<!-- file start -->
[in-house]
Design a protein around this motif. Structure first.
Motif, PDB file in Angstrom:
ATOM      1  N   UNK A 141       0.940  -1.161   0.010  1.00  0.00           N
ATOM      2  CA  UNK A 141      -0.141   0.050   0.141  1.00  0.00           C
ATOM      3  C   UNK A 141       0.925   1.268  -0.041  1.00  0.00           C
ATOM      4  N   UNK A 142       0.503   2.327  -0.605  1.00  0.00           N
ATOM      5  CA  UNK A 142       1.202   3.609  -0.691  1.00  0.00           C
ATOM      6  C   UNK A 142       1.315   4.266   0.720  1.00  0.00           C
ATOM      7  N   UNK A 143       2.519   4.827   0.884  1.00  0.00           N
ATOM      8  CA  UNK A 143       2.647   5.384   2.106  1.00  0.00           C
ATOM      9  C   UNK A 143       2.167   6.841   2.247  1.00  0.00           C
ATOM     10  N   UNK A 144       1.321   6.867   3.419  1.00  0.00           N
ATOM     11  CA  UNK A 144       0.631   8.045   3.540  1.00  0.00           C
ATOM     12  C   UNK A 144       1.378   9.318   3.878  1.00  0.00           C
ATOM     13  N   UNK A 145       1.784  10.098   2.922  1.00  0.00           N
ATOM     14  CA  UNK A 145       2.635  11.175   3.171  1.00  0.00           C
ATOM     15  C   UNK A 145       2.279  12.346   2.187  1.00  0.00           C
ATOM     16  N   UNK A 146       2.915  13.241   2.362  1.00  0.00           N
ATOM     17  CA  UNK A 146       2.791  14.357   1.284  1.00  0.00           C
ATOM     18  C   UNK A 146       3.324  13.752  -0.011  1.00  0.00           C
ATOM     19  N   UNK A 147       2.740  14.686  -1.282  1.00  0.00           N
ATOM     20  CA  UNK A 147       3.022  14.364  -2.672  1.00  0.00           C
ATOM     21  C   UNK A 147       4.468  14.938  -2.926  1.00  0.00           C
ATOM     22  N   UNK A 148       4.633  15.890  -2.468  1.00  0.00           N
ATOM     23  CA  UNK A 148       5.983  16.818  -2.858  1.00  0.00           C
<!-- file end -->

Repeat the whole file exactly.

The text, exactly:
[in-house]
Design a protein around this motif. Structure first.
Motif, PDB file in Angstrom:
ATOM      1  N   UNK A 141       0.940  -1.161   0.010  1.00  0.00           N
ATOM      2  CA  UNK A 141      -0.141   0.050   0.141  1.00  0.00           C
ATOM      3  C   UNK A 141       0.925   1.268  -0.041  1.00  0.00           C
ATOM      4  N   UNK A 142       0.503   2.327  -0.605  1.00  0.00           N
ATOM      5  CA  UNK A 142       1.202   3.609  -0.691  1.00  0.00           C
ATOM      6  C   UNK A 142       1.315   4.266   0.720  1.00  0.00           C
ATOM      7  N   UNK A 143       2.519   4.827   0.884  1.00  0.00           N
ATOM      8  CA  UNK A 143       2.647   5.384   2.106  1.00  0.00           C
ATOM      9  C   UNK A 143       2.167   6.841   2.247  1.00  0.00           C
ATOM     10  N   UNK A 144       1.321   6.867   3.419  1.00  0.00           N
ATOM     11  CA  UNK A 144       0.631   8.045   3.540  1.00  0.00           C
ATOM     12  C   UNK A 144       1.378   9.318   3.878  1.00  0.00           C
ATOM     13  N   UNK A 145       1.784  10.098   2.922  1.00  0.00           N
ATOM     14  CA  UNK A 145       2.635  11.175   3.171  1.00  0.00           C
ATOM     15  C   UNK A 145       2.279  12.346   2.187  1.00  0.00           C
ATOM     16  N   UNK A 146       2.915  13.241   2.362  1.00  0.00           N
ATOM     17  CA  UNK A 146       2.791  14.357   1.284  1.00  0.00           C
ATOM     18  C   UNK A 146       3.324  13.752  -0.011  1.00  0.00           C
ATOM     19  N   UNK A 147       2.740  14.686  -1.282  1.00  0.00           N
ATOM     20  CA  UNK A 147       3.022  14.364  -2.672  1.00  0.00           C
ATOM     21  C   UNK A 147       4.468  14.938  -2.926  1.00  0.00           C
ATOM     22  N   UNK A 148       4.633  15.890  -2.468  1.00  0.00           N
ATOM     23  CA  UNK A 148       5.983  16.818  -2.858  1.00  0.00           C